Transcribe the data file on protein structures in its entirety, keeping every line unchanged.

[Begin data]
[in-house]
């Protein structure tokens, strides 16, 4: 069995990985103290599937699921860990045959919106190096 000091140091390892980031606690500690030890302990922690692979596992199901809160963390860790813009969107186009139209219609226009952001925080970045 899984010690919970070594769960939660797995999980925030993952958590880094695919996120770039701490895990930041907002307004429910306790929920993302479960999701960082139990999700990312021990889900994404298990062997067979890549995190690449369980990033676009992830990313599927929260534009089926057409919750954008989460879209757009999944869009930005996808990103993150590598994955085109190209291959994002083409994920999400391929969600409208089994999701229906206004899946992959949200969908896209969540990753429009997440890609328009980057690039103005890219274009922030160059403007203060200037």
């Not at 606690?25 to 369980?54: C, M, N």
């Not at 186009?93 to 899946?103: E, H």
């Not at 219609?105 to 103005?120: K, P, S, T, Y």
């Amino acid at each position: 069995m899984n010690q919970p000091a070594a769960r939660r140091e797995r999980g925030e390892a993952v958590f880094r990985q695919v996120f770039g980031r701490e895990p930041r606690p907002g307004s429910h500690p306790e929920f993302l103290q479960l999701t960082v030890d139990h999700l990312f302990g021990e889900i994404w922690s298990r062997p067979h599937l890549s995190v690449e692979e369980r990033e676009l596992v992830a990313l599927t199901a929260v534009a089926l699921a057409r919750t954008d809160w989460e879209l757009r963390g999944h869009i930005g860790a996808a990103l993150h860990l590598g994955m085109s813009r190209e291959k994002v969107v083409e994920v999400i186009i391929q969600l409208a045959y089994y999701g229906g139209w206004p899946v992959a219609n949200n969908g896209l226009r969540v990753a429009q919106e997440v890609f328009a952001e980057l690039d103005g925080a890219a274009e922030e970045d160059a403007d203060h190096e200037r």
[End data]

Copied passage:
[in-house]
């Protein structure tokens, strides 16, 4: 069995990985103290599937699921860990045959919106190096 000091140091390892980031606690500690030890302990922690692979596992199901809160963390860790813009969107186009139209219609226009952001925080970045 899984010690919970070594769960939660797995999980925030993952958590880094695919996120770039701490895990930041907002307004429910306790929920993302479960999701960082139990999700990312021990889900994404298990062997067979890549995190690449369980990033676009992830990313599927929260534009089926057409919750954008989460879209757009999944869009930005996808990103993150590598994955085109190209291959994002083409994920999400391929969600409208089994999701229906206004899946992959949200969908896209969540990753429009997440890609328009980057690039103005890219274009922030160059403007203060200037």
């Not at 606690?25 to 369980?54: C, M, N």
């Not at 186009?93 to 899946?103: E, H």
């Not at 219609?105 to 103005?120: K, P, S, T, Y």
């Amino acid at each position: 069995m899984n010690q919970p000091a070594a769960r939660r140091e797995r999980g925030e390892a993952v958590f880094r990985q695919v996120f770039g980031r701490e895990p930041r606690p907002g307004s429910h500690p306790e929920f993302l103290q479960l999701t960082v030890d139990h999700l990312f302990g021990e889900i994404w922690s298990r062997p067979h599937l890549s995190v690449e692979e369980r990033e676009l596992v992830a990313l599927t199901a929260v534009a089926l699921a057409r919750t954008d809160w989460e879209l757009r963390g999944h869009i930005g860790a996808a990103l993150h860990l590598g994955m085109s813009r190209e291959k994002v969107v083409e994920v999400i186009i391929q969600l409208a045959y089994y999701g229906g139209w206004p899946v992959a219609n949200n969908g896209l226009r969540v990753a429009q919106e997440v890609f328009a952001e980057l690039d103005g925080a890219a274009e922030e970045d160059a403007d203060h190096e200037r």